After much debate, San Diego bans alcohol at beaches on a trial basis
SAN DIEGO -- After three hours of passionate debate among beach activists, the City Council on Monday voted 5 to 2 for a one-year trial ban on drinking alcohol at city beaches.
Councilman Kevin Faulconer, who represents beach areas, proposed a ban after a Labor Day brawl at Pacific Beach led to 17 arrests and a confrontation between young men and several dozen police in riot gear.
Council President Scott Peters said the time for a booze ban was long overdue. “There are beaches in this city that are off-limits to families” because of alcohol problems, Peters said. “It’s outrageous.”
Councilwoman Donna Frye, who once owned a surf shop in Pacific Beach with her husband, surf legend Skip Frye, said Pacific Beach has become known as “the place to get drunk.”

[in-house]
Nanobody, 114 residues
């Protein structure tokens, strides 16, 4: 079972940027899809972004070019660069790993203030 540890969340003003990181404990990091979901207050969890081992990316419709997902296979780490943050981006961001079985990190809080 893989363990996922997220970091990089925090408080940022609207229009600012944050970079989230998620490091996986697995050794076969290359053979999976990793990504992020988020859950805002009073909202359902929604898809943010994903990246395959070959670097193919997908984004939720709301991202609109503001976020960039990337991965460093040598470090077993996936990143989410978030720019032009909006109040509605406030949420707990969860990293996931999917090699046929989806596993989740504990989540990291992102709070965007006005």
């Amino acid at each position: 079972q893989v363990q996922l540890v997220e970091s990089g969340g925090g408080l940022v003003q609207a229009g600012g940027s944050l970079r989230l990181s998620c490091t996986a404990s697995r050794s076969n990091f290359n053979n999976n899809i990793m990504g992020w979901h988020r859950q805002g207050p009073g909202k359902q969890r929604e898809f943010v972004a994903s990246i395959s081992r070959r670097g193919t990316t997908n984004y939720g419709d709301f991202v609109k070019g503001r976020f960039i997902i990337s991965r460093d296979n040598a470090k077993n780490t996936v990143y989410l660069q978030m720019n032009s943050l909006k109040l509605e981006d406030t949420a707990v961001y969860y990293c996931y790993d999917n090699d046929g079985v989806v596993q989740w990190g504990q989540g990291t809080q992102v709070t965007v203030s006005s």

But Councilman Jim Madaffer said he believes opponents will start a referendum to overturn the ban, as they did in 2002 when the council imposed an 18-month ban. He voted against Faulconer’s proposal.
Almost alone among Southern California cities, San Diego allows drinking on most of its beaches, except for some in La Jolla, where community leaders have sought a ban without opposition.
Drinking on the beaches is one of the more divisive issues in local politics. Those for and against the ban packed the City Council chambers, clapping and cheering at statements.
Faulconer had wanted an outright ban, but Councilman Ben Hueso said he could support only a one-year trial.
He said he was worried about law-abiding beachgoers being cited as if they were rowdy drunks.
“What’s going to happen to people who want to propose to their partner on the beach with a bottle of wine?” he asked.
The ban will return to the council in a year for possible reauthorization.
Mayor Jerry Sanders, who is not a member of the council, had suggested banning alcohol on certain holiday weekends, when local beaches attract more than 600,000 people.